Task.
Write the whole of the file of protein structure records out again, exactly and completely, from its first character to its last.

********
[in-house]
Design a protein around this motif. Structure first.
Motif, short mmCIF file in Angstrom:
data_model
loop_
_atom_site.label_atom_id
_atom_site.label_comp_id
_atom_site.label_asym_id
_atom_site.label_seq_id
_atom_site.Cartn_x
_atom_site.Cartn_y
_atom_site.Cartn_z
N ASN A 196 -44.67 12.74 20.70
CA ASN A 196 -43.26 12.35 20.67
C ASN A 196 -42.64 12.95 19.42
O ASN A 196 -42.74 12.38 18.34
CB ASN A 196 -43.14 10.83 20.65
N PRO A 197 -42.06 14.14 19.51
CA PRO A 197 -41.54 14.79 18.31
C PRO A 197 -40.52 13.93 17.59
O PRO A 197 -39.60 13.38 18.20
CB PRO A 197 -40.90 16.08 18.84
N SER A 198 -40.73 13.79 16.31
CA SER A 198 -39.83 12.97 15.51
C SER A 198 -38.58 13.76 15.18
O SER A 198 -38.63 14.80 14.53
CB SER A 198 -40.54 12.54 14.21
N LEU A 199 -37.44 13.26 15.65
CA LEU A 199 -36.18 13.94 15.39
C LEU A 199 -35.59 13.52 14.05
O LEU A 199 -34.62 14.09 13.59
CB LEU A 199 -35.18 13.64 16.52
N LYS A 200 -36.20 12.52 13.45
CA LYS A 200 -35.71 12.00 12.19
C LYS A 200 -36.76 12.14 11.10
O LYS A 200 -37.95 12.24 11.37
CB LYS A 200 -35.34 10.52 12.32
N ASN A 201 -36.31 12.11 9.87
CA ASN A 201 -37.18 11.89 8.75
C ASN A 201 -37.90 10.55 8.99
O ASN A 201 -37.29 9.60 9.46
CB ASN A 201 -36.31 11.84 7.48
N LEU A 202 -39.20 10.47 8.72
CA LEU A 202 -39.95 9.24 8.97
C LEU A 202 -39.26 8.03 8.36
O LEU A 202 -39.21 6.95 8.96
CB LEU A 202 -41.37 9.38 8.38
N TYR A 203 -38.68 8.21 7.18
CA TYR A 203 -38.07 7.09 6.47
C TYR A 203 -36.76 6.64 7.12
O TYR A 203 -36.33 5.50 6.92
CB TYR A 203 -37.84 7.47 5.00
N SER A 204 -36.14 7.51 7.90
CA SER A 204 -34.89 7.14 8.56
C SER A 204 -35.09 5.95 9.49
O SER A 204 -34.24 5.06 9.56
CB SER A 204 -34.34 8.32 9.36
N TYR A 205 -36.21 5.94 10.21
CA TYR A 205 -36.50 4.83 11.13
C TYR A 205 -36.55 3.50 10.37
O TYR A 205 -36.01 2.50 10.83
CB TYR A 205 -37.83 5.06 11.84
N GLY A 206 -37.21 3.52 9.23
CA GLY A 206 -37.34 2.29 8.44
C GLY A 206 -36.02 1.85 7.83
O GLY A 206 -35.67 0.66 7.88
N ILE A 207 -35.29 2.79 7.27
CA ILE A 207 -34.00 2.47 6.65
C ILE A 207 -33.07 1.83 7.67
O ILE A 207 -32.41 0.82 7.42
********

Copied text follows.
[in-house]
Design a protein around this motif. Structure first.
Motif, short mmCIF file in Angstrom:
data_model
loop_
_atom_site.label_atom_id
_atom_site.label_comp_id
_atom_site.label_asym_id
_atom_site.label_seq_id
_atom_site.Cartn_x
_atom_site.Cartn_y
_atom_site.Cartn_z
N ASN A 196 -44.67 12.74 20.70
CA ASN A 196 -43.26 12.35 20.67
C ASN A 196 -42.64 12.95 19.42
O ASN A 196 -42.74 12.38 18.34
CB ASN A 196 -43.14 10.83 20.65
N PRO A 197 -42.06 14.14 19.51
CA PRO A 197 -41.54 14.79 18.31
C PRO A 197 -40.52 13.93 17.59
O PRO A 197 -39.60 13.38 18.20
CB PRO A 197 -40.90 16.08 18.84
N SER A 198 -40.73 13.79 16.31
CA SER A 198 -39.83 12.97 15.51
C SER A 198 -38.58 13.76 15.18
O SER A 198 -38.63 14.80 14.53
CB SER A 198 -40.54 12.54 14.21
N LEU A 199 -37.44 13.26 15.65
CA LEU A 199 -36.18 13.94 15.39
C LEU A 199 -35.59 13.52 14.05
O LEU A 199 -34.62 14.09 13.59
CB LEU A 199 -35.18 13.64 16.52
N LYS A 200 -36.20 12.52 13.45
CA LYS A 200 -35.71 12.00 12.19
C LYS A 200 -36.76 12.14 11.10
O LYS A 200 -37.95 12.24 11.37
CB LYS A 200 -35.34 10.52 12.32
N ASN A 201 -36.31 12.11 9.87
CA ASN A 201 -37.18 11.89 8.75
C ASN A 201 -37.90 10.55 8.99
O ASN A 201 -37.29 9.60 9.46
CB ASN A 201 -36.31 11.84 7.48
N LEU A 202 -39.20 10.47 8.72
CA LEU A 202 -39.95 9.24 8.97
C LEU A 202 -39.26 8.03 8.36
O LEU A 202 -39.21 6.95 8.96
CB LEU A 202 -41.37 9.38 8.38
N TYR A 203 -38.68 8.21 7.18
CA TYR A 203 -38.07 7.09 6.47
C TYR A 203 -36.76 6.64 7.12
O TYR A 203 -36.33 5.50 6.92
CB TYR A 203 -37.84 7.47 5.00
N SER A 204 -36.14 7.51 7.90
CA SER A 204 -34.89 7.14 8.56
C SER A 204 -35.09 5.95 9.49
O SER A 204 -34.24 5.06 9.56
CB SER A 204 -34.34 8.32 9.36
N TYR A 205 -36.21 5.94 10.21
CA TYR A 205 -36.50 4.83 11.13
C TYR A 205 -36.55 3.50 10.37
O TYR A 205 -36.01 2.50 10.83
CB TYR A 205 -37.83 5.06 11.84
N GLY A 206 -37.21 3.52 9.23
CA GLY A 206 -37.34 2.29 8.44
C GLY A 206 -36.02 1.85 7.83
O GLY A 206 -35.67 0.66 7.88
N ILE A 207 -35.29 2.79 7.27
CA ILE A 207 -34.00 2.47 6.65
C ILE A 207 -33.07 1.83 7.67
O ILE A 207 -32.41 0.82 7.42